Can you develop anxiety when you have Hashimoto's disease?

Hashimoto's disease is a slowly progressing condition, often with no noticeable signs or symptoms in the earlier stages. Still, as the disease progresses, the decline in thyroid hormone production can result in overt hypothyroidism, with more prominent manifestations.

Studies show a higher prevalence of anxiety and depression among patients with hypothyroidism.⁴

Thyroid diseases, including Hashimoto's disease, can affect your mood and mental health, often causing anxiety or depression. It is possible that the more severe your thyroid disease, and the further it progresses, the more extreme the mood changes.

Research has found that a person with hypothyroidism is over twice as likely to develop an anxiety disorder as healthy individuals.

Data also found that symptoms of depression were 3.5 times higher among patients with hypothyroidism compared with healthy people.¹

Diagnosing and treating anxiety associated with Hashimoto's disease

In many cases, the hypothyroidism and anxiety caused by Hashimoto's disease need to be treated together. However, the treatment of the low thyroid hormone levels may ease the mental health symptoms.

Often, people with Hashimoto's disease take medication to treat hypothyroidism. When the hormone balance is restored, anxiety symptoms subside in some cases.

However, in persistent and severe cases of anxiety, your doctor may recommend therapy or medication.

Diagnosing anxiety with Hashimoto's disease starts by discussing your symptoms with your doctor. They may order blood tests to check the levels of thyroid hormones in your bloodstream and, in some cases, recommend that you see a mental health specialist.

If your symptoms are severe, a mental health professional may recommend medication. However, with mild to moderate symptoms, they can provide counseling and the appropriate self-care tools to control symptoms.

When should you see a doctor?

Hashimoto's disease can cause a wide range of symptoms, and anxiety can cause significant issues in many areas of life. For example, anxiety can interfere with daily life and social interactions such as school or work.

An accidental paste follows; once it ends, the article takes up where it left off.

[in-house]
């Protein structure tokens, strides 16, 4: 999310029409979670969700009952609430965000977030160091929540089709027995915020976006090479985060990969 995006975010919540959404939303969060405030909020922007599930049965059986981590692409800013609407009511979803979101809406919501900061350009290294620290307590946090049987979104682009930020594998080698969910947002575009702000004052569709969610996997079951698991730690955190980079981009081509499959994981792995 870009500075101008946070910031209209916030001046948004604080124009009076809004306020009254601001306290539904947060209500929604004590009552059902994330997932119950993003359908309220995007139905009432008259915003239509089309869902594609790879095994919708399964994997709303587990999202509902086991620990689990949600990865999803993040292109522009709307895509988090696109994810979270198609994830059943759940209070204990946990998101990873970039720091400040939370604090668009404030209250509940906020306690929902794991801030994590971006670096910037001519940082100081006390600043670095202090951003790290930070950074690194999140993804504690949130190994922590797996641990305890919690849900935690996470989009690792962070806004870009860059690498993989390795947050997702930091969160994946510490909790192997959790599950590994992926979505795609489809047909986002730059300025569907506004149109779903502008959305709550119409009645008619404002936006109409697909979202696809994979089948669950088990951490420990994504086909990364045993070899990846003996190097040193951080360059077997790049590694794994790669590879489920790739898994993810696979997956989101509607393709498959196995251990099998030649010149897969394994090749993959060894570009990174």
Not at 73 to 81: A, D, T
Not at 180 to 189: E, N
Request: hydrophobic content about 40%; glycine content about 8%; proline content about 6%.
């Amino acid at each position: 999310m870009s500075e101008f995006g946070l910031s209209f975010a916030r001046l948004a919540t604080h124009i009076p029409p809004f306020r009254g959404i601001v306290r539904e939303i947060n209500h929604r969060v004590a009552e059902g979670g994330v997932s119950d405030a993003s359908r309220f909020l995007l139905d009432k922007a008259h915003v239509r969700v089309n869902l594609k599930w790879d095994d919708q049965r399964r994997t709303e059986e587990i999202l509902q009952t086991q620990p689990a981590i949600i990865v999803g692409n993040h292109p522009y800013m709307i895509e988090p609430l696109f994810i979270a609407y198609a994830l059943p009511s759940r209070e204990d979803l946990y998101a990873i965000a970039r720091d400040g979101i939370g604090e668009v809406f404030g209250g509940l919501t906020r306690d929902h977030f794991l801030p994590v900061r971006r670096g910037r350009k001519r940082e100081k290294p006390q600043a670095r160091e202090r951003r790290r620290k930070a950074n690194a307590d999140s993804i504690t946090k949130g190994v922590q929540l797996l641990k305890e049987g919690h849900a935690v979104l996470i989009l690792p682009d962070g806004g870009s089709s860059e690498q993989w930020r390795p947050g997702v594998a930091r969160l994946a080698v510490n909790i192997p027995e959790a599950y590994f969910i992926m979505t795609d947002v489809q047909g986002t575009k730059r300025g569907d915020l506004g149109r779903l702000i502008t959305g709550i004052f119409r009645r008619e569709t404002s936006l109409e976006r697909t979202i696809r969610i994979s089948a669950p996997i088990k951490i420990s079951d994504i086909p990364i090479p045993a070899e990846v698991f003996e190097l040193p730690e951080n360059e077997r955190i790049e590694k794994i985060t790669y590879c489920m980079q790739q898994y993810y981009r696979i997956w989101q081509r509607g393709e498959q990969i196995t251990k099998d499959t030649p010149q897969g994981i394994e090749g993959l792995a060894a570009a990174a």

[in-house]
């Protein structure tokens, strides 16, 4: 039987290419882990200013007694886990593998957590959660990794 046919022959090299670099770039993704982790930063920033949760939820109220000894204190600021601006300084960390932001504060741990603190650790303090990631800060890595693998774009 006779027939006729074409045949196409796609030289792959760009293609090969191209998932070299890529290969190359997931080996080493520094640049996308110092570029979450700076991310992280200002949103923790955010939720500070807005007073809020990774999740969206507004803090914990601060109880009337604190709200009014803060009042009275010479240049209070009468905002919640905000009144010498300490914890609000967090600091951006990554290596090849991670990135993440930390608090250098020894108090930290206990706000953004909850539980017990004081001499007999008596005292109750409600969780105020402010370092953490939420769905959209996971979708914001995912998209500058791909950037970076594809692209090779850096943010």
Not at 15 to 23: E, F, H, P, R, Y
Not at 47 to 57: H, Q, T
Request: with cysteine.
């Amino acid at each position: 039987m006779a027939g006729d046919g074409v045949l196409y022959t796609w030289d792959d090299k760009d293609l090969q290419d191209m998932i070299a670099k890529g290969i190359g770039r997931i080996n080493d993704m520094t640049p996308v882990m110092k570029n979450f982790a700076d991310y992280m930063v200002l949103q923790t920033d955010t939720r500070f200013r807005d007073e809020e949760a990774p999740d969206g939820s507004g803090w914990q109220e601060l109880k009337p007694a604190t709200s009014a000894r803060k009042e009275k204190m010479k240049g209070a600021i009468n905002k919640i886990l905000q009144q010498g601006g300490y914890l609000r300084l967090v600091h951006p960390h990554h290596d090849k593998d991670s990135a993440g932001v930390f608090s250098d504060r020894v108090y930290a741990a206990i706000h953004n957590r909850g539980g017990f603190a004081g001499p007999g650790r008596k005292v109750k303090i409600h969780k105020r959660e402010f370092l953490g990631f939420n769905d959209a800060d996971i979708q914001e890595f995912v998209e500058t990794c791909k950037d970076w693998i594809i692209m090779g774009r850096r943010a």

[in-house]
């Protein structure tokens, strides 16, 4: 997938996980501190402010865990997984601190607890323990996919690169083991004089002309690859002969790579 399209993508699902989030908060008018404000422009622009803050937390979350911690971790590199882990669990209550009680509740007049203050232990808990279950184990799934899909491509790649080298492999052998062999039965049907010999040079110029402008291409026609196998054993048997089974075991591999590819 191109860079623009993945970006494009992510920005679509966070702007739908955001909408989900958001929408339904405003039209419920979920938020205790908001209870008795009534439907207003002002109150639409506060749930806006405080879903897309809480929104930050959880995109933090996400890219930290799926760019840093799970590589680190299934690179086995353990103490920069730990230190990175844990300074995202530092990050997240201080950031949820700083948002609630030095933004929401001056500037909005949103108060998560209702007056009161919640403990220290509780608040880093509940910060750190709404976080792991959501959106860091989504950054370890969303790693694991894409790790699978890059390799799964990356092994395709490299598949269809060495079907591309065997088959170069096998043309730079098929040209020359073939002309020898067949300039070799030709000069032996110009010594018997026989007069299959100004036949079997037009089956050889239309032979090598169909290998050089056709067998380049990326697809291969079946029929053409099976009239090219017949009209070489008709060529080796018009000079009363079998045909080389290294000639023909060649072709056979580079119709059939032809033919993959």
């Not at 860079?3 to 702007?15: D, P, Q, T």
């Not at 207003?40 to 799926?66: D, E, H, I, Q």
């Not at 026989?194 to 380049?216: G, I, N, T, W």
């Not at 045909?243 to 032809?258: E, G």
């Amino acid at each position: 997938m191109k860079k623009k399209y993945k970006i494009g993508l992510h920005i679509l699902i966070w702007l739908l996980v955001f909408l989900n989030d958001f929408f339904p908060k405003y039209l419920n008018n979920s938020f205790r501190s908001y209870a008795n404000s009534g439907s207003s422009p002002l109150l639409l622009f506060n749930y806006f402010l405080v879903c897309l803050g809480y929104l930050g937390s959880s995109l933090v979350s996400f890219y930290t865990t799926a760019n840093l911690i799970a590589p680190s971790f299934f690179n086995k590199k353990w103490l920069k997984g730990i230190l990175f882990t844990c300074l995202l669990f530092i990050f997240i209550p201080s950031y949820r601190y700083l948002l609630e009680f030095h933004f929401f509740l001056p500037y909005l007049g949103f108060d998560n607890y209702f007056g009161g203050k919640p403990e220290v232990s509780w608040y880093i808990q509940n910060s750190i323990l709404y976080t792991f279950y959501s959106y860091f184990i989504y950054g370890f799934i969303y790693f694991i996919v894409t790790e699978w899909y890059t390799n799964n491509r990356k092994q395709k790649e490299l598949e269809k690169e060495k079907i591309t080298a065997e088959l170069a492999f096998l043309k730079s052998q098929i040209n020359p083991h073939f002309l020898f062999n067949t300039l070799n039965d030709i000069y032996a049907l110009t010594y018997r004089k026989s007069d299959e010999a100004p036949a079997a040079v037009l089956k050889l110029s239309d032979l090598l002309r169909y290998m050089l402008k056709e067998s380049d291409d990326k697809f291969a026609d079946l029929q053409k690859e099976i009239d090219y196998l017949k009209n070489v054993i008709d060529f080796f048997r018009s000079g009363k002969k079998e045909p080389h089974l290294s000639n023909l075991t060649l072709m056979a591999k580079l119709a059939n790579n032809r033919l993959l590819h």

Anxiety disorders can cause various symptoms, but some signs of a generalized anxiety disorder include:

  • Feelings of restlessness, or being on edge

  • Getting tired easily

  • Difficulty concentrating or your mind suddenly goes blank

  • Being irritable

  • Muscle tension

  • Difficulty controlling feelings of worry concerning everyday things

  • Sleep issues, such as restlessness and difficulty falling or staying asleep

If you have Hashimoto's and begin noticing these symptoms, you should talk to your doctor about them as soon as possible. In addition, if you have both hypothyroidism and anxiety, it's vital to work with your doctor to monitor both conditions.

The lowdown

Research suggests a strong association between Hashimoto's disease and an increased risk of depression or anxiety disorders.

Hashimoto's disease and anxiety disorders are associated closely enough that researchers suggest people diagnosed with either condition receive screening for the other.¹ This type of testing can lead to early treatment of anxiety and enable patients to understand their condition better.

Have you considered clinical trials for Hashimoto's disease?

We make it easy for you to participate in a clinical trial for Hashimoto's disease, and get access to the latest treatments not yet widely available - and be a part of finding a cure.

Joining community groups and exercise programs for my condition made me feel empowered – but I want to be part of finding a cure.
Peter, 64